Globalization notwithstanding, to truly understand another culture you still have to visit a foreign country, and speaking the language helps. That’s the conclusion three local students have come to after their recent travels abroad.
When Andrew Dowd was in seventh grade, one of his family friends gave a speech at church about Nicaragua. “It instantly seemed like something I wanted to do,” he says. “I wasn’t really interested in foreign affairs, and I’d heard a lot about Nicaragua in terms of the Contra war, but hearing of this opportunity to go to a village, it just sounded wonderful.”
This was Andrew’s fifth year traveling to Nicaragua. Though technically run by the presbytery, the trip doesn’t have a strong religious affiliation. “It’s a lot more about the people,” he reports. His group of 15 flew in July to Managua, the capital, then drove in a bus for eight hours to the Northern region and a community called Plan Grande Dos. “It’s way up in the mountains, and it’s breathtakingly beautiful,” he recalls. “We stay in the community for about five or six days and while we’re there we spend a lot of time with the community members and committee members who govern. We work on a scholarship program for the youth. We’re working on developing a source of potable water for them. They grow fair trade organic coffee and we help them with that,” he says. “One time I carried coffee plants up the base of the mountain.”
The best part of Andrew’s experience was the conversation. “I now have more Spanish skills than I had previously. I was able to talk in depth with people my age and even older about their life and work. The people there have an average income of about $300 a year, less than a dollar a day. They are in extreme poverty, but they have this innate happiness. Other people don’t have the same vigor and excitement about life as they do. For example, when you walk into a committee meeting with them and talk about the projects they’re working on, they may be sitting there with holes in their jeans, but they all have composition books and binders out, ready to take notes. They almost do better in their meetings than we do in ours.”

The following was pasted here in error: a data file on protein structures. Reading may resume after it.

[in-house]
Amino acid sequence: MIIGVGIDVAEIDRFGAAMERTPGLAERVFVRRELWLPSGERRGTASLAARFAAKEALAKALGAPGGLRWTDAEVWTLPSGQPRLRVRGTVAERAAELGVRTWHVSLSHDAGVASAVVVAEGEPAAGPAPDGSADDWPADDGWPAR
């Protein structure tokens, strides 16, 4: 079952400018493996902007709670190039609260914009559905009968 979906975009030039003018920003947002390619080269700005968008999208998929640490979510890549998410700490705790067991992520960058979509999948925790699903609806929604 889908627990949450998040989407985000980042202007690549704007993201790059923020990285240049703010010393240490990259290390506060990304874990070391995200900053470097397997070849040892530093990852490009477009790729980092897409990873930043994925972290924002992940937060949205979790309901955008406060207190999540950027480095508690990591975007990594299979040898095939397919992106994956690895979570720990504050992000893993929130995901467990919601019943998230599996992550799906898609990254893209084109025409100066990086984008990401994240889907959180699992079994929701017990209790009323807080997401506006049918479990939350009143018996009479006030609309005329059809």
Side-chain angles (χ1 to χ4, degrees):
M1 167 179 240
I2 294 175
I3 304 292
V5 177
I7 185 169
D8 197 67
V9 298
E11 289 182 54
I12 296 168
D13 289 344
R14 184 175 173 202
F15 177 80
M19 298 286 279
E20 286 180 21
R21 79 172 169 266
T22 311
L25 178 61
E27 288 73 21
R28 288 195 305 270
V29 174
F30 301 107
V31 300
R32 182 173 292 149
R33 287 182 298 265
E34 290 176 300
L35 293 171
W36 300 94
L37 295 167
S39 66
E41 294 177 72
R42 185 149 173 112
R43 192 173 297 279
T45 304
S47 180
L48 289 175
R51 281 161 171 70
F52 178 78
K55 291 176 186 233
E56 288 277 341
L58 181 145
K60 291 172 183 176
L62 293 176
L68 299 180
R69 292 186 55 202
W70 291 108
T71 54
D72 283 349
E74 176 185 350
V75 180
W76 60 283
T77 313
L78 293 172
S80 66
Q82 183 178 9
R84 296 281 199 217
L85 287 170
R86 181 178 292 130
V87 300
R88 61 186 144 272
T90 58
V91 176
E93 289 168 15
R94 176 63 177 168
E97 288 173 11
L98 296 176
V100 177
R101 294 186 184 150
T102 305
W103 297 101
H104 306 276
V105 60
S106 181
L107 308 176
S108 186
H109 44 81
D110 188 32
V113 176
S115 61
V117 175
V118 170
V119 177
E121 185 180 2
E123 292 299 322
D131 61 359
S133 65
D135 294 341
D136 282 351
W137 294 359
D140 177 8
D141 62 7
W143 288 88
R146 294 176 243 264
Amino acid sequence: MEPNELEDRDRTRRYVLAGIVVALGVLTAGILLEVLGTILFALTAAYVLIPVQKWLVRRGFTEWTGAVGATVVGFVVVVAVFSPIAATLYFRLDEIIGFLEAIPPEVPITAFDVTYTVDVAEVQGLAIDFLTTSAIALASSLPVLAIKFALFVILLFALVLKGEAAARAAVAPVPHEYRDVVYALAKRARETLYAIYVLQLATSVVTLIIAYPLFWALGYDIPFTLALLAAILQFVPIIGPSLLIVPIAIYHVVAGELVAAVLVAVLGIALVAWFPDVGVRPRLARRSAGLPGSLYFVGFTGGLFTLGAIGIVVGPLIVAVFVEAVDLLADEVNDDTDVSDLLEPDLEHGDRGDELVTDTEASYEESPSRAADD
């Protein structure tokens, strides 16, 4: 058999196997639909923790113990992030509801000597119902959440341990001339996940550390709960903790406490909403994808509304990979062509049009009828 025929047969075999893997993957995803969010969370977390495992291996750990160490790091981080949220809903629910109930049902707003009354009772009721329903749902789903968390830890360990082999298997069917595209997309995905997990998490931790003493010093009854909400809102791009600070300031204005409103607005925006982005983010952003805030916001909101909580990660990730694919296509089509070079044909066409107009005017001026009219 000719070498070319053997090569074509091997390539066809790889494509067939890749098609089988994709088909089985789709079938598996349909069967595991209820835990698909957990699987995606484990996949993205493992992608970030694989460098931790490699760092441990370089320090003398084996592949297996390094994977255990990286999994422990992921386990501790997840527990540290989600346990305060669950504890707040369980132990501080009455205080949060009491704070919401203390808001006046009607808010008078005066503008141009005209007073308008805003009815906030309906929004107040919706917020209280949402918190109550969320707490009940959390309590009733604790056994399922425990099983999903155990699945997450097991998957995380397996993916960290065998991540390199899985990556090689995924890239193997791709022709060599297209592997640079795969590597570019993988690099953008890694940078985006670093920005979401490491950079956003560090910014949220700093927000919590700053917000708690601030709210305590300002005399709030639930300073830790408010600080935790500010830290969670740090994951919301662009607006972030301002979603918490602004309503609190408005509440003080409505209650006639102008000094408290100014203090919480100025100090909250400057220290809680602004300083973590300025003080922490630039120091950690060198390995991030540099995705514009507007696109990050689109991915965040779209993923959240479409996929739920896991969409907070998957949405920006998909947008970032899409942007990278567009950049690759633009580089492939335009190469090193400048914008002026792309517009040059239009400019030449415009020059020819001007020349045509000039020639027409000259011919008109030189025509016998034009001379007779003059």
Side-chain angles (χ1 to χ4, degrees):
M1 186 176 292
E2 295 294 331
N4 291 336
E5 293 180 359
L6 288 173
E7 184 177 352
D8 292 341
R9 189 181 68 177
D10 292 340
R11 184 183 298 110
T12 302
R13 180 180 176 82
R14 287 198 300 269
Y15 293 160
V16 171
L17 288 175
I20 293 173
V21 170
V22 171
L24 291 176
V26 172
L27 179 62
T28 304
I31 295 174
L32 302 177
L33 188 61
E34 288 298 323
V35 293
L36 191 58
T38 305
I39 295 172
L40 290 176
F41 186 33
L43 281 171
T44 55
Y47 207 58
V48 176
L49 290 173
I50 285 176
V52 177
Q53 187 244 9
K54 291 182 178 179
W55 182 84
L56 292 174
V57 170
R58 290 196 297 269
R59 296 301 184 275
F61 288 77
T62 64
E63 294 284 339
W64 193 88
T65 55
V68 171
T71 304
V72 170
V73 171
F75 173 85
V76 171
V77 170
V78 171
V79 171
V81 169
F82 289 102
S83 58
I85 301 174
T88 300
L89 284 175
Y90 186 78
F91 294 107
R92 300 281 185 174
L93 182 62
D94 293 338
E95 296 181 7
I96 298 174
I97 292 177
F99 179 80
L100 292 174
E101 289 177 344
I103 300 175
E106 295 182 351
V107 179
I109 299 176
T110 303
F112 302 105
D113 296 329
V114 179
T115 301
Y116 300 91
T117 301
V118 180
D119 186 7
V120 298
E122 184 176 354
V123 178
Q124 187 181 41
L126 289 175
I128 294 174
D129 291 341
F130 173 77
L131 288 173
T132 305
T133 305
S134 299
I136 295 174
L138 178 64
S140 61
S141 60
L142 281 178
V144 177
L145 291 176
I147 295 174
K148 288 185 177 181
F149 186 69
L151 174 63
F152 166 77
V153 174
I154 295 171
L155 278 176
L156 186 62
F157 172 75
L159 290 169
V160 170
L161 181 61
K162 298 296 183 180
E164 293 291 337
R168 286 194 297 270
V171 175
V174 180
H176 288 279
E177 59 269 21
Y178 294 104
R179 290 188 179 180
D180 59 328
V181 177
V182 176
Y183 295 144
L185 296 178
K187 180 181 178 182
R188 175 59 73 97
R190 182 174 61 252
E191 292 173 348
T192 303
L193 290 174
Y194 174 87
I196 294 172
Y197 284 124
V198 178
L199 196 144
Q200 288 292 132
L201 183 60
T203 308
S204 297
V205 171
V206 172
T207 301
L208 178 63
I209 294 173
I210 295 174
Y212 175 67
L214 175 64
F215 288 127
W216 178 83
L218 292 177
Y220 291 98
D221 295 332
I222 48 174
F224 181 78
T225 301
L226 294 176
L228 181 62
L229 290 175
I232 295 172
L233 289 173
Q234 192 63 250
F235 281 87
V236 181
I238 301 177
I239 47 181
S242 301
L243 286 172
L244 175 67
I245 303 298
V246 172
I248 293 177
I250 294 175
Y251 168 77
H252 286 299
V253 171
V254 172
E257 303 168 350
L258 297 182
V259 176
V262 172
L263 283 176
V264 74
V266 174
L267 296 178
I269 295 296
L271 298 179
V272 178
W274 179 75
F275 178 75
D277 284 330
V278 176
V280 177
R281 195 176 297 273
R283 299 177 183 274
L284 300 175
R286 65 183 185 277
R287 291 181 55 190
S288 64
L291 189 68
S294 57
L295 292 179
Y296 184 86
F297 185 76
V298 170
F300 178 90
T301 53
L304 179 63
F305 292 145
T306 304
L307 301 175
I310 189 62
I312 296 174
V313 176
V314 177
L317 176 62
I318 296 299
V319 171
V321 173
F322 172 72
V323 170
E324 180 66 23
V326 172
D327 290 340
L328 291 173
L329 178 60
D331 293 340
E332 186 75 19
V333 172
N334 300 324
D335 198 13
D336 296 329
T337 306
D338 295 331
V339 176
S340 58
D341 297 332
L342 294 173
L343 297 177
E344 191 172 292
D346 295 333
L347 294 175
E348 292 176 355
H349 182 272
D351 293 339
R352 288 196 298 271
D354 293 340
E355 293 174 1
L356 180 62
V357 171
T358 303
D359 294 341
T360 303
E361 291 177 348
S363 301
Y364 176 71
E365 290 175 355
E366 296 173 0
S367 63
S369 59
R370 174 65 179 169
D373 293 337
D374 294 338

Twelve-year-old Sohaan Swaminathan visited France in the middle of June as the culmination of a year studying French art, music and culture at Oak Hill. “Probably the Eiffel Tower was the best part,” he says. “When I was at the top I got a view of Paris. I saw a lot of buildings and the river. I’d seen so many pictures but I was really impressed to actually stand there.”
Swaminathan has studied French since the age of 5 at Oak Hill school. “Being there for 10 days you get used to it, more than studying just for a half hour a day.” He also got used to eating the food, he admits.
Part of the experience for Sohaan was traveling with classmates and his art, music and French teachers. “I want to go back again. Maybe it would be different if I went just with my family,” he says. “When school started I was thinking about it. When I go to high school, I’ll probably take French.”
Andrew Aul stayed in Beijing for seven weeks this summer, learning Chinese through formal language classes with other Americans. “The best part was going to restaurants with food names like “mouth-numbing hot pot,” the 17-year-old recalls. “These were local places, not touristy. Being able to go to places like that was wonderful.”
Andrew believes he had a hard time understanding Chinese culture because he was surrounded by Americans. “I learned little things, the very tip of the iceberg,” he says. One day he asked some people to share some common stereotypes about Americans. One man told him many Chinese think Americans are very physically fit. “I didn’t ask enough people to determine that. But I think different people have different perspectives,” he says. “If you want to really understand a culture you have to speak only that langauge. The biggest barrier to understanding another culture is language. Once you get past that, you’ll understand the culture much better.”
As for the buzz about China generated by the Olympics, Andrew has some advice: “Don’t judge them based on whatever you hear in the U.S. you’ll have incorrect, stereotyped perspectives of them,” he warns. “Think about how they live, how they think, how they really are.”